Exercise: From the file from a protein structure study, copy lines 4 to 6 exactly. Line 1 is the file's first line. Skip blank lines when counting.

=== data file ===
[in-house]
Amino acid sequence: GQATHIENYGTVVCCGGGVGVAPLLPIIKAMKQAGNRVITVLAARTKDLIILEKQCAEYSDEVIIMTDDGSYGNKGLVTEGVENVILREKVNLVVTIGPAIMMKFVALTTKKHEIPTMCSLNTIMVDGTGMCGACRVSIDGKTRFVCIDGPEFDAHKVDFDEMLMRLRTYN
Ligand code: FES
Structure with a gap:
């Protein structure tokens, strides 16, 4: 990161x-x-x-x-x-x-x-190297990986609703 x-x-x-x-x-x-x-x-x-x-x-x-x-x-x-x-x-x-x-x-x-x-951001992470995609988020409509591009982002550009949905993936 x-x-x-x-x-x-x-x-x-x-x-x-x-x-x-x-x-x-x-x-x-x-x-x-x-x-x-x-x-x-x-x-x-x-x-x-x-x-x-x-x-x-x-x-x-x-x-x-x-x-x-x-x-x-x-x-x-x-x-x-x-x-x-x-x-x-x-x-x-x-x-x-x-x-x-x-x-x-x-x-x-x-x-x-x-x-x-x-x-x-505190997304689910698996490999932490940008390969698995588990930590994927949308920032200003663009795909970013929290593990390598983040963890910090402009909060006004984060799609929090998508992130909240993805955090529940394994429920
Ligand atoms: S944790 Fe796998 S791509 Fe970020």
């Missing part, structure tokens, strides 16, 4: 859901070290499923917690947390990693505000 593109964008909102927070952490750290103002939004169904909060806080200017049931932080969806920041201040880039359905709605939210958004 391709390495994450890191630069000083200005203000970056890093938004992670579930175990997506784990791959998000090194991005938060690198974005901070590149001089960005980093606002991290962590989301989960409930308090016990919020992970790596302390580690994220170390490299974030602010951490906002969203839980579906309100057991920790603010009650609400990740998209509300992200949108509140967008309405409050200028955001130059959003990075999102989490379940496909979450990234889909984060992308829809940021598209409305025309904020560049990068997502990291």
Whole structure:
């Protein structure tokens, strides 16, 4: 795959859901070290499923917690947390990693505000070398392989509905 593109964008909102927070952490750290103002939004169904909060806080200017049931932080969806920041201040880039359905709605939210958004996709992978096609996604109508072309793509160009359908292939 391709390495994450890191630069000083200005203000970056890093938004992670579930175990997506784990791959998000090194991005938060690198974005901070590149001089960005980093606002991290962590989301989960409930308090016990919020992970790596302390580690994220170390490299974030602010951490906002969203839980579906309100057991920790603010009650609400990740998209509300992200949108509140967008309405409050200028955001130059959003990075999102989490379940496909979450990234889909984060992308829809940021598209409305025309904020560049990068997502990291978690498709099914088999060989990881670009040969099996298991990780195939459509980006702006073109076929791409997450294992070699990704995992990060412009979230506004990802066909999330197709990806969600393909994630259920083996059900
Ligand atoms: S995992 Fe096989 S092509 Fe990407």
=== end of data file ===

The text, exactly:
Structure with a gap:
């Protein structure tokens, strides 16, 4: 990161x-x-x-x-x-x-x-190297990986609703 x-x-x-x-x-x-x-x-x-x-x-x-x-x-x-x-x-x-x-x-x-x-951001992470995609988020409509591009982002550009949905993936 x-x-x-x-x-x-x-x-x-x-x-x-x-x-x-x-x-x-x-x-x-x-x-x-x-x-x-x-x-x-x-x-x-x-x-x-x-x-x-x-x-x-x-x-x-x-x-x-x-x-x-x-x-x-x-x-x-x-x-x-x-x-x-x-x-x-x-x-x-x-x-x-x-x-x-x-x-x-x-x-x-x-x-x-x-x-x-x-x-x-505190997304689910698996490999932490940008390969698995588990930590994927949308920032200003663009795909970013929290593990390598983040963890910090402009909060006004984060799609929090998508992130909240993805955090529940394994429920
Ligand atoms: S944790 Fe796998 S791509 Fe970020």